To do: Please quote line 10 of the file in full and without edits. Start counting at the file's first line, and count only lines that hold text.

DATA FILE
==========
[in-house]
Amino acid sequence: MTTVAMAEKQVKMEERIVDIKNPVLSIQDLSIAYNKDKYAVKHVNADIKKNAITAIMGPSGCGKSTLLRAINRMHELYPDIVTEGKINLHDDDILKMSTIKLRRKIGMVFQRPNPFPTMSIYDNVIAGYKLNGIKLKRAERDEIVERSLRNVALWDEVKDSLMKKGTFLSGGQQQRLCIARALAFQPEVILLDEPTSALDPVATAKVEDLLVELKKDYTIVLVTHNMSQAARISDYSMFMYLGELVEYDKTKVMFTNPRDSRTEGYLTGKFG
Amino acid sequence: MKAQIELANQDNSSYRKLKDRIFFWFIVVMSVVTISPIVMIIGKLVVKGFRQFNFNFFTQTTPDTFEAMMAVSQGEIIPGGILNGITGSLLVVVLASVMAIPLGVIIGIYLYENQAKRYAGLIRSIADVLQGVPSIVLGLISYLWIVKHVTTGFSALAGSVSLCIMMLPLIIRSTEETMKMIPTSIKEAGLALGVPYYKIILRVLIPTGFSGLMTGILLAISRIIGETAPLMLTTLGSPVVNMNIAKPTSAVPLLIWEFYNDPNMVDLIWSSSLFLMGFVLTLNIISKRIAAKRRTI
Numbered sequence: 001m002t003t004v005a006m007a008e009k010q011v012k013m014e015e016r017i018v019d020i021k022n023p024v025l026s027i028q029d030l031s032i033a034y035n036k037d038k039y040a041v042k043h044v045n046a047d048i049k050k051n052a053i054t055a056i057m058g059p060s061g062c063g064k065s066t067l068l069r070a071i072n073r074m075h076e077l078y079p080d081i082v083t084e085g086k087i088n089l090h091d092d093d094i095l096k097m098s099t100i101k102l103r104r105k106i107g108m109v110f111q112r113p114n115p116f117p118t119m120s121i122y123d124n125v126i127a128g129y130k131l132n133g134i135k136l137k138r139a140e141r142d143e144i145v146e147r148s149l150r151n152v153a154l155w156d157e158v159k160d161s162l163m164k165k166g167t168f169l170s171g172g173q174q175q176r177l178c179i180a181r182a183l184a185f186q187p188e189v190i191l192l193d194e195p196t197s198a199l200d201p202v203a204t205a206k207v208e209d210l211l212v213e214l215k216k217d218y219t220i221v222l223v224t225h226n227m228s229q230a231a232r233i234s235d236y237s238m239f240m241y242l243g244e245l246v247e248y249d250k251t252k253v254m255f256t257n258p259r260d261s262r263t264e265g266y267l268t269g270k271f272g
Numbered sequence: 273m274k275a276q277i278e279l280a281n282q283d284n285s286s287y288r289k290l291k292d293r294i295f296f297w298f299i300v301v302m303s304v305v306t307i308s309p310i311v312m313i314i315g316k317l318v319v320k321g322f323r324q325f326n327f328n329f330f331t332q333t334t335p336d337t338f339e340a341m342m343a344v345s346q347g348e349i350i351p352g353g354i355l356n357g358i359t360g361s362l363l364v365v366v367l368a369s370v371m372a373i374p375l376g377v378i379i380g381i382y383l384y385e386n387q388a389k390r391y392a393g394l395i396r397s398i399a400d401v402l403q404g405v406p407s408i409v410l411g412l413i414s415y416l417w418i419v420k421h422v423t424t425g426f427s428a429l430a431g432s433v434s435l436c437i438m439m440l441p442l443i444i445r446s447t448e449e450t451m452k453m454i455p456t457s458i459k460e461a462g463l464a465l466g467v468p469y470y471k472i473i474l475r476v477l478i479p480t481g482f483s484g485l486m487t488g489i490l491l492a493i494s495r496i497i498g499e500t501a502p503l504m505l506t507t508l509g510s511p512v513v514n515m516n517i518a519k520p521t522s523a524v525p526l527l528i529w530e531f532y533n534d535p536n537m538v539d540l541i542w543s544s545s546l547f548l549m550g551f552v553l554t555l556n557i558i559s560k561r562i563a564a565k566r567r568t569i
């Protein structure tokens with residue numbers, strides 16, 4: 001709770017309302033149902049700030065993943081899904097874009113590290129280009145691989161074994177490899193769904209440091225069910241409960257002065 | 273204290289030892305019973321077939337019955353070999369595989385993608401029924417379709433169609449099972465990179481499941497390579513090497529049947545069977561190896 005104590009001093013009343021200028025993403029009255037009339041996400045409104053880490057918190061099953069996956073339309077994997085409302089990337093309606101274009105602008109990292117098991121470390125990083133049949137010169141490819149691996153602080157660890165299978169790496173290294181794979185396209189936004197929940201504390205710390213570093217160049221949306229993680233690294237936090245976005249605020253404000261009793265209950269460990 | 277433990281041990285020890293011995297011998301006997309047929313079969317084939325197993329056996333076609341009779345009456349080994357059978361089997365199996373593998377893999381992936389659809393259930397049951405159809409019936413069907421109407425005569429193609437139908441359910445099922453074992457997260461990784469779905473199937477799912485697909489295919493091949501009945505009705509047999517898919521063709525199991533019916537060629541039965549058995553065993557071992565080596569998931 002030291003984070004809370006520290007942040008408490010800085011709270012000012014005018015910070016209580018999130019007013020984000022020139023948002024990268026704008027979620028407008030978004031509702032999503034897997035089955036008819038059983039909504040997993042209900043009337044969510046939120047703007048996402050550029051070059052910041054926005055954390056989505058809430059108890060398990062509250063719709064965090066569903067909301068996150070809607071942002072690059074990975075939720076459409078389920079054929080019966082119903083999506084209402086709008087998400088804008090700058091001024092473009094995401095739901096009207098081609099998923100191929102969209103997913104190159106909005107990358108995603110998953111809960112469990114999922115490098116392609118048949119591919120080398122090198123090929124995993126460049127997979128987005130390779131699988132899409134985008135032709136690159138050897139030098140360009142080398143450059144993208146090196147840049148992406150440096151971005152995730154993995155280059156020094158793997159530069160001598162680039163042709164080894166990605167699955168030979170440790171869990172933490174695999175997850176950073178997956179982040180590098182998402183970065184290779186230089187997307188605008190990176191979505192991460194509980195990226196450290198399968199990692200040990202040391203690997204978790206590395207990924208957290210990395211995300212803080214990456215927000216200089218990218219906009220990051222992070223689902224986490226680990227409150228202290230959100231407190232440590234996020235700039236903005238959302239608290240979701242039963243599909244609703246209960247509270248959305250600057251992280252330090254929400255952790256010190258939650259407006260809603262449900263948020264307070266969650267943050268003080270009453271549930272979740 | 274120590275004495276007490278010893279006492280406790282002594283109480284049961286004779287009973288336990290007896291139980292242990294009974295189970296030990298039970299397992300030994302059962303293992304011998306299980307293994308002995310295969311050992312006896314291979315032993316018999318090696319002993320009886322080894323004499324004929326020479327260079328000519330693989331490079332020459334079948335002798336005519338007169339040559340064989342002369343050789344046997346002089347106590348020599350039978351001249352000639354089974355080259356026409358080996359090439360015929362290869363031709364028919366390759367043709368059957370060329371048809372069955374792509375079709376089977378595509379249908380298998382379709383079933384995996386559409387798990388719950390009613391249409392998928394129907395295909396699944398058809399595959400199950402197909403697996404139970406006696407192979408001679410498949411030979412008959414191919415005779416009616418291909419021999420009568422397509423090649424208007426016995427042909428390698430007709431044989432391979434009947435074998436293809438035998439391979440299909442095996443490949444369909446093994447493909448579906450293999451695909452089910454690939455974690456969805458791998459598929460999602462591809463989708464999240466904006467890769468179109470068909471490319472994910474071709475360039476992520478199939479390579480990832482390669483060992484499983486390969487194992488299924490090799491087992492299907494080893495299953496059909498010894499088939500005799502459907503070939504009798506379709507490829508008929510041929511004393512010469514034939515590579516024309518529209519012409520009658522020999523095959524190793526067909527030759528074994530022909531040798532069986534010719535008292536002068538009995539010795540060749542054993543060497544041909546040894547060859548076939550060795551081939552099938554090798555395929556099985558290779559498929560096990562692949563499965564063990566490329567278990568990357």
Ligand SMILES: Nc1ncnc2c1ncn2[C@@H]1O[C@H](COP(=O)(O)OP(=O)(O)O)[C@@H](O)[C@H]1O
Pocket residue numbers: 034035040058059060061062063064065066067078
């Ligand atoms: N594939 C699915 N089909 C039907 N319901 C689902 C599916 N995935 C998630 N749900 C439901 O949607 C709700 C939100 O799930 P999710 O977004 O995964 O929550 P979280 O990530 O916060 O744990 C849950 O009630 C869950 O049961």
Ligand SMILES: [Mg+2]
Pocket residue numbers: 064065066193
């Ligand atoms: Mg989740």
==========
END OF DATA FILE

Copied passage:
Ligand SMILES: [Mg+2]